The Environment and the Community
Our Bit for the Environment
Moorhead Family Communities actually care about the environment at Parklands Grange.
We will have a go at the majority of developers with their ‘Green Wash’. They really only care about making money. They think that they are helping by making their signs green and naming their streets after tree species , most of which they have knocked over.
We think that there are three aspects to genuinely minimizing the damage to the environment and, even in some cases, enhancing the environment.
- The developer can and should seriously consider preserving pockets of remnant native vegetation with the view that these areas will be become important wildlife corridors. These areas also provide great shady multi-modal pathways areas for residents and visitors. We have worked in with Council at the Parklands Park to provide a 10 acre undisturbed area of remnant regrowth adjacent the new Ian Ross Studholme Path. Hopefully this area will eventually have more access paths and interpretive signage shortly. The developer can also incorporate suitable local native vegetation in the streetscapes. So we have done both of those things by preserving long buffer strips adjacent drainage corridors and adjoin agricultural land at Parklands Grange . We have even left an entry statement of native bush as you drive in from Price St. Further we have put up explanatory signage to encourage owners to consider planting local native species. As an aside we source most of trees from the local Landcare team in Norville and pay commercial rates to financially support and encourage those fantastic volunteers. All buyers of a block at Parklands Grange are welcome to get free tray of native tube stock from us by emailing us. Keith can deliver them to you when you are ready to plant them.
- The local Council can help by leaving the native plant corridors alone. Yep. Please do next to nothing. Stop poisoning regrowth and native grasses. Only the removal visible rubbish and spot spraying of weeds should be attended to. Native trees do not need fertilizer, watering or wiper-snipping. We are working in with Council to improve maintenance procedures and save rate-payers unnecessary expense. As an aside , did you know that Bundaberg’s new Floral Emblem is a North Queensland endemic not a local plant? This seems crazy to us. So we have decided to use our own local native floral emblem, the Weeping Bottlebrush. This species is hardy, grows in most undisturbed creek areas around the district and flowers regularly.
- You. Our amazing new and future residents can contribute enormously by planting local native species in your gardens. Why on earth people plant rainforest palm trees is crazy we think! Local natives require very little water or fertilizer and look great. Why not put out a few watering points for local birds and native animals? Or go out at night in summer after rain with the Dettol and knock out the cane toads? Or by considering whether you really need a domestic cat that spends much of its time reducing lizard and bird populations? Despite what people might say, we think that helping enhance the environment is both sensible and achievable. Not everyone will care . We know that. But the more that do care, the better we all will feel but importantly, the local Bush Stone-Curlews and Eastern Grey Kangaroos et al will be happy also.”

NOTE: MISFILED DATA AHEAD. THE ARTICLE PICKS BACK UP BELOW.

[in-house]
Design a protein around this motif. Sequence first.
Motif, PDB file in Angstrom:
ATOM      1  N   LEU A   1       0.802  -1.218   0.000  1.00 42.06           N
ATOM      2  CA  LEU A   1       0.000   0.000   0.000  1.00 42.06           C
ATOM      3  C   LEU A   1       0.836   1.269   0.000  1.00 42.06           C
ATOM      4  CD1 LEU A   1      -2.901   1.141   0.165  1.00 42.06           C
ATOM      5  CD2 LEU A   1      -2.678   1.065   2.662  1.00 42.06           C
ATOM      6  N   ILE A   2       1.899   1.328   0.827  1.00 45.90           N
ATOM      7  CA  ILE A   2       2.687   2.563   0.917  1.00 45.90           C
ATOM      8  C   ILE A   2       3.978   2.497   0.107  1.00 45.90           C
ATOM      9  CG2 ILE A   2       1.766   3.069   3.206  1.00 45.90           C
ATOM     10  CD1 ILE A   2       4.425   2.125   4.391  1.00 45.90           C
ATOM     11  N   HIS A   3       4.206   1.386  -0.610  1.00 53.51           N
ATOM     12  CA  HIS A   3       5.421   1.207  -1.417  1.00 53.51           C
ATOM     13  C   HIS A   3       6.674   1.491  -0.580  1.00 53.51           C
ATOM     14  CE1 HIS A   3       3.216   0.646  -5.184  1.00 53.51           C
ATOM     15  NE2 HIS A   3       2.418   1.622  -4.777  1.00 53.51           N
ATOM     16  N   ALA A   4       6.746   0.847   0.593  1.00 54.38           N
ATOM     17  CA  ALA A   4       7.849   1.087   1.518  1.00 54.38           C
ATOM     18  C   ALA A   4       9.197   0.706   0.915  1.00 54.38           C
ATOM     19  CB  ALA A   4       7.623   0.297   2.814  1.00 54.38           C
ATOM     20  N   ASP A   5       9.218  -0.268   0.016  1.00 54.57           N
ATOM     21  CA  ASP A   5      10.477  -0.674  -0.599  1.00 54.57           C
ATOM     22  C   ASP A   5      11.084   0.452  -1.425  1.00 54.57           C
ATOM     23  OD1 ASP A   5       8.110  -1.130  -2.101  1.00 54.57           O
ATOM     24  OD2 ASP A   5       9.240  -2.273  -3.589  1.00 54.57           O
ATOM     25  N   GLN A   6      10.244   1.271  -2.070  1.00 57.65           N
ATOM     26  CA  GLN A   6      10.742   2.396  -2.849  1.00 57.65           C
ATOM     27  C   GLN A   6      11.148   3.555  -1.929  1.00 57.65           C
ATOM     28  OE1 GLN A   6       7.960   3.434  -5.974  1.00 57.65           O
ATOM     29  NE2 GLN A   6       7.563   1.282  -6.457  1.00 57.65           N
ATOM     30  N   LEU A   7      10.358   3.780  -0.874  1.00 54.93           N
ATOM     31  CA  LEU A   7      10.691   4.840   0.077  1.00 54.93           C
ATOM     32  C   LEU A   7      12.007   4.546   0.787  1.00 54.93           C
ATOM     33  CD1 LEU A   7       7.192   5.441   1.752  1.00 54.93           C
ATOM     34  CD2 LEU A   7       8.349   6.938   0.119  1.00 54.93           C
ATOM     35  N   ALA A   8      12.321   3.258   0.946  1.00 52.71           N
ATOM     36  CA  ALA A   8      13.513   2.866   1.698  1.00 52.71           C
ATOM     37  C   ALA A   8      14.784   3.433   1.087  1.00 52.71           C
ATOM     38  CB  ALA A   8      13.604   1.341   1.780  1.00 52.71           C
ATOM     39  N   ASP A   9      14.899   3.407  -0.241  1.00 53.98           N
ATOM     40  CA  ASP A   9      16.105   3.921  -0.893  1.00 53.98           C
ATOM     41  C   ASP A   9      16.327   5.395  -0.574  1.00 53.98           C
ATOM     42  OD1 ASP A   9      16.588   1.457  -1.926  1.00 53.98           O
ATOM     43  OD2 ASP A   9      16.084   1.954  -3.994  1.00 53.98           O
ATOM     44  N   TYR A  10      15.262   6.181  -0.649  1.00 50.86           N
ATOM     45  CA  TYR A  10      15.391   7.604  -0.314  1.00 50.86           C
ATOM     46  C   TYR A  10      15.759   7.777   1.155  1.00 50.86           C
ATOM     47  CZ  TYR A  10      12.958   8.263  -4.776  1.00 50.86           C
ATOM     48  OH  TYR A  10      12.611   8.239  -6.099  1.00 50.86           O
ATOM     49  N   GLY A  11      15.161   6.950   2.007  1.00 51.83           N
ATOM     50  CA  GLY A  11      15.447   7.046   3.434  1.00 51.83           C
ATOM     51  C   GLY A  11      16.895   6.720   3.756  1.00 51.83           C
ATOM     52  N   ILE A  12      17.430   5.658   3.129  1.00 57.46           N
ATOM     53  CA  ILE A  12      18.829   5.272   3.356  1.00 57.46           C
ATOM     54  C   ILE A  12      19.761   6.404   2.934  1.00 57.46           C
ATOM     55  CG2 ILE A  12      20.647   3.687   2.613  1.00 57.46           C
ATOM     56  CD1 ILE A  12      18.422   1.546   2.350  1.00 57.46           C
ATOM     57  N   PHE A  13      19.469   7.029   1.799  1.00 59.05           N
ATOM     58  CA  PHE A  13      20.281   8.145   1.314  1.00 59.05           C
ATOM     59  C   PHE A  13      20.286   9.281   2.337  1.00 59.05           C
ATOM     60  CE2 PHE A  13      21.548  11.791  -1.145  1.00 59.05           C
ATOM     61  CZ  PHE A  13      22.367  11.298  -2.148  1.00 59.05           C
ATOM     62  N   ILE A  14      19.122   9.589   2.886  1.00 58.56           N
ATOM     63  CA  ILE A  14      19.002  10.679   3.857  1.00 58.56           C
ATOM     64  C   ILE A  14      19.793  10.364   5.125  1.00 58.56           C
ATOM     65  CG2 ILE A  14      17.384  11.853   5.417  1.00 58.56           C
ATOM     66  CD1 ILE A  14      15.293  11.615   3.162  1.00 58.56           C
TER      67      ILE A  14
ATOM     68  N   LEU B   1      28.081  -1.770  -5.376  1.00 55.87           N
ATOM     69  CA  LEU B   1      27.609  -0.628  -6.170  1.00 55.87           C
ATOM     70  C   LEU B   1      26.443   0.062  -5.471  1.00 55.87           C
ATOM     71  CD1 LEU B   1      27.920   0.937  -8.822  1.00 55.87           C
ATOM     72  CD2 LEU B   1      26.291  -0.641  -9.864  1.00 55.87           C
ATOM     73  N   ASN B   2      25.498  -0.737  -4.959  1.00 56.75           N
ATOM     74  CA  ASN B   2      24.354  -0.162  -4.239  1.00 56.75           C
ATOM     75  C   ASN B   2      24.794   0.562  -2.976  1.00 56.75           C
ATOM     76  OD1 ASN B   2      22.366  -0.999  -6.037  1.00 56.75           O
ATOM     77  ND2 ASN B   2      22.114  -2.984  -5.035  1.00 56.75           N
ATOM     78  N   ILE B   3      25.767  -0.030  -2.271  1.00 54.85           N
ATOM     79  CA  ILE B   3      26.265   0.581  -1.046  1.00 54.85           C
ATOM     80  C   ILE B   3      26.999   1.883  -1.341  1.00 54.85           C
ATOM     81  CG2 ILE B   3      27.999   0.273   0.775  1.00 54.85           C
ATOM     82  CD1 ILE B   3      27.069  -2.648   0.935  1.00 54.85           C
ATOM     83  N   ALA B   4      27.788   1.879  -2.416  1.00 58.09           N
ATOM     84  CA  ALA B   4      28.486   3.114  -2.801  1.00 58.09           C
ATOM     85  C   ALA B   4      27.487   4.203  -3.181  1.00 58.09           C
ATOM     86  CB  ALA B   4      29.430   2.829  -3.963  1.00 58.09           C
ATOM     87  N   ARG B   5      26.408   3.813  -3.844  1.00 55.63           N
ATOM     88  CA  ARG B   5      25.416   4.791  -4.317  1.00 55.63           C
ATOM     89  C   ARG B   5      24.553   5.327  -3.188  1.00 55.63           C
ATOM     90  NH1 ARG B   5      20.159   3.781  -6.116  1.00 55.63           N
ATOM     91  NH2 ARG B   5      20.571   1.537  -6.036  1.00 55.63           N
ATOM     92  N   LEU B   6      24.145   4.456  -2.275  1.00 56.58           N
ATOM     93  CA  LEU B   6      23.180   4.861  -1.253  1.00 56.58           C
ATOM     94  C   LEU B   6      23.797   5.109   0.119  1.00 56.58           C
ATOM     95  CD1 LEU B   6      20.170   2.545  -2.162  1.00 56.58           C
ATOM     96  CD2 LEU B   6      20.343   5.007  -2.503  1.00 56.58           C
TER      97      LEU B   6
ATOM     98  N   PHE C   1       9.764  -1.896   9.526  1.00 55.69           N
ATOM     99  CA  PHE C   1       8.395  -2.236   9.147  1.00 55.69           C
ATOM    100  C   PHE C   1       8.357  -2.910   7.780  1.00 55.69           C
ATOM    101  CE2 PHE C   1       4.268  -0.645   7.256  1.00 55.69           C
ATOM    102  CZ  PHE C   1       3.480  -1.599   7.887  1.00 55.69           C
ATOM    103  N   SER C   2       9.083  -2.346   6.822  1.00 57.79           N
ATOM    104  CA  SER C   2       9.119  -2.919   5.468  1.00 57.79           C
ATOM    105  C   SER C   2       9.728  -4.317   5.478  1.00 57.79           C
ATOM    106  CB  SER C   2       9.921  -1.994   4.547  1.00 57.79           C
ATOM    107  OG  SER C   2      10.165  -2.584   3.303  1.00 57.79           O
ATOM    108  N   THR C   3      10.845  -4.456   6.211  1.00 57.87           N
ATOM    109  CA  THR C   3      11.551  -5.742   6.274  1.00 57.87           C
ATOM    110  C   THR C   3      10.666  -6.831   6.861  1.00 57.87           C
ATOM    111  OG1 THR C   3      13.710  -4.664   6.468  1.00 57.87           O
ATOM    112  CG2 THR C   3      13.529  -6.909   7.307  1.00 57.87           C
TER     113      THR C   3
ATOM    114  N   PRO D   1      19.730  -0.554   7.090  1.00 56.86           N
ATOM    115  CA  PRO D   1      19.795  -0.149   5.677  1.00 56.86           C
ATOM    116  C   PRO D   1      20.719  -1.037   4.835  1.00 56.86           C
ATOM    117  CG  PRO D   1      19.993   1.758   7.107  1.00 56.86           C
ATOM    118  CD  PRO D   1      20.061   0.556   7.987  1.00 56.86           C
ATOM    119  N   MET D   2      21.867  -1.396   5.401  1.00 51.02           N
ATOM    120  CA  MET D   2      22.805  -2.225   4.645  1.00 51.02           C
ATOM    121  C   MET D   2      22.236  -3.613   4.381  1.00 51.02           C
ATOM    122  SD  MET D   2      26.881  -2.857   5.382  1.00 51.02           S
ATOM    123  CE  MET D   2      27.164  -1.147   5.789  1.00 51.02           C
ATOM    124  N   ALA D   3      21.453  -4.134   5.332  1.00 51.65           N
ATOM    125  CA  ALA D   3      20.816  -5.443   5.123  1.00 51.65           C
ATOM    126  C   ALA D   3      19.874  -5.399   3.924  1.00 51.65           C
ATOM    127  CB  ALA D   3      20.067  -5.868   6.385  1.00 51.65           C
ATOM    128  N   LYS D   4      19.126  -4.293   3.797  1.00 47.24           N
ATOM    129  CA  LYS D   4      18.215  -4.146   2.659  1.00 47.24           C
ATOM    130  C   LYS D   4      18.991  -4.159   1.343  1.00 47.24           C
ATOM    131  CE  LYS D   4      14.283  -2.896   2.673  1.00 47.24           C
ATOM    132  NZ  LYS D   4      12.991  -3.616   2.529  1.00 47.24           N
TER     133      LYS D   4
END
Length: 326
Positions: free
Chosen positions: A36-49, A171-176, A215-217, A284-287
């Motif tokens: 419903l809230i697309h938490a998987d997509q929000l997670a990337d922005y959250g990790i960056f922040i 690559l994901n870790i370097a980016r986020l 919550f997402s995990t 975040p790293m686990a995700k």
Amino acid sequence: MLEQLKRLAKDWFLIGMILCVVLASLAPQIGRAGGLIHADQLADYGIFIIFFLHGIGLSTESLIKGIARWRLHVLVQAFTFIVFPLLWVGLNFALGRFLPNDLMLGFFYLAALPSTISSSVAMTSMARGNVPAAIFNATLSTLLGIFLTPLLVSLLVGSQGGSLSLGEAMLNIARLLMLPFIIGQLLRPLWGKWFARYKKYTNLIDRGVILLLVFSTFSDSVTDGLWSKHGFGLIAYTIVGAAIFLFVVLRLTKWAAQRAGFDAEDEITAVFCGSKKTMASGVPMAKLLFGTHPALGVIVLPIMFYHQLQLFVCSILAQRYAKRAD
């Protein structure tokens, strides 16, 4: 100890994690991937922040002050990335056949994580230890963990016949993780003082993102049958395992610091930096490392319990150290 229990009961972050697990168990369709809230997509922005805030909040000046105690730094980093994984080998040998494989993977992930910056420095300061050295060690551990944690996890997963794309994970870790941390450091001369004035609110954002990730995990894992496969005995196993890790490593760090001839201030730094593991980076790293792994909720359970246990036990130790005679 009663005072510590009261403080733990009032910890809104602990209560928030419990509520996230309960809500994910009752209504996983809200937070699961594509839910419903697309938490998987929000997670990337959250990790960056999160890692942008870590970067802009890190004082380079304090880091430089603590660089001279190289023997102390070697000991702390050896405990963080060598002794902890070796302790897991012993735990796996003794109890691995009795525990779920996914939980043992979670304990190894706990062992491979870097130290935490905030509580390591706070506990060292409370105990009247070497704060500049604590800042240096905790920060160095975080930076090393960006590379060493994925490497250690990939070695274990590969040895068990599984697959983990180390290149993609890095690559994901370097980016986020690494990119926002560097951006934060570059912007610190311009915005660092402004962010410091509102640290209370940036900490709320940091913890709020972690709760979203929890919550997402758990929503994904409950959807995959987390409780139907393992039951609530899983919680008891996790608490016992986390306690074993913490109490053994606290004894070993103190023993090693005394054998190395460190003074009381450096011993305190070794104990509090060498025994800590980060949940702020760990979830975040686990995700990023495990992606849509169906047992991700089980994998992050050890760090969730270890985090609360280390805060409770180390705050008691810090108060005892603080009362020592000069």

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“Parklands Grange Infrastructure and the Bundaberg Regional Council and other Government Bodies.
Moorhead Family Communities Bundaberg prides itself with our desire to negotiate with Council and the Community to get great assets built at Parklands Grange.
Prior to Parklands Grange, we worked in with Council to start the process with Parklands Estate back over 15 years ago.
In the early days, our achievements were modest but significant. We were one of the first developments of its time to put power underground on acreage blocks. This is the norm now but it was a bit radical back then when even small residential estates still had overhead power!
Then we moved away from narrow rural bitumen style roads (similar to that in the current stage of Blackbeauty Heights) to smoother and wider Asphalt. Asphalt is safer, quieter, less loose stone and less maintenance for Council in the long run. But, of course, it costs more. Ian Studholme (RIP) was the salesman back then and he assured us that the smart buyers don’t mind paying a bit more for a superior product. Ian was right!
And so it went on. Now we have kerbing also. But probably the most significant improvement came about in recent years with the wide 4m culverts and asphalt covered entranceways right up to the property boundaries.
We were also one of the first estates in Queensland to negotiate with Telstra Smart Communities and now NBN to get genuine FTTN (Fibre to the node) broadband internet to every newly developed block. Until you have experienced FTTN Internet , you haven’t had internet!
But that is half the story. We have entered into an Infrastructure Agreement (IA) with Council to Offset Headworks Taxes against physical construction of awesome assets for both new and existing residents, as well as visitors. These have been built in collaboration with Council and the Community by Moorhead Family Communities, Bundaberg. Assets include the ever-growing network of multi-modal pathways, play equipment, a shelter shed and car park to name a few. Future assets include extending the pathway network and exercise equipment in the existing park.
So, if anyone thinks that there is more that we can do, please click on the Contact Us tag and let us know”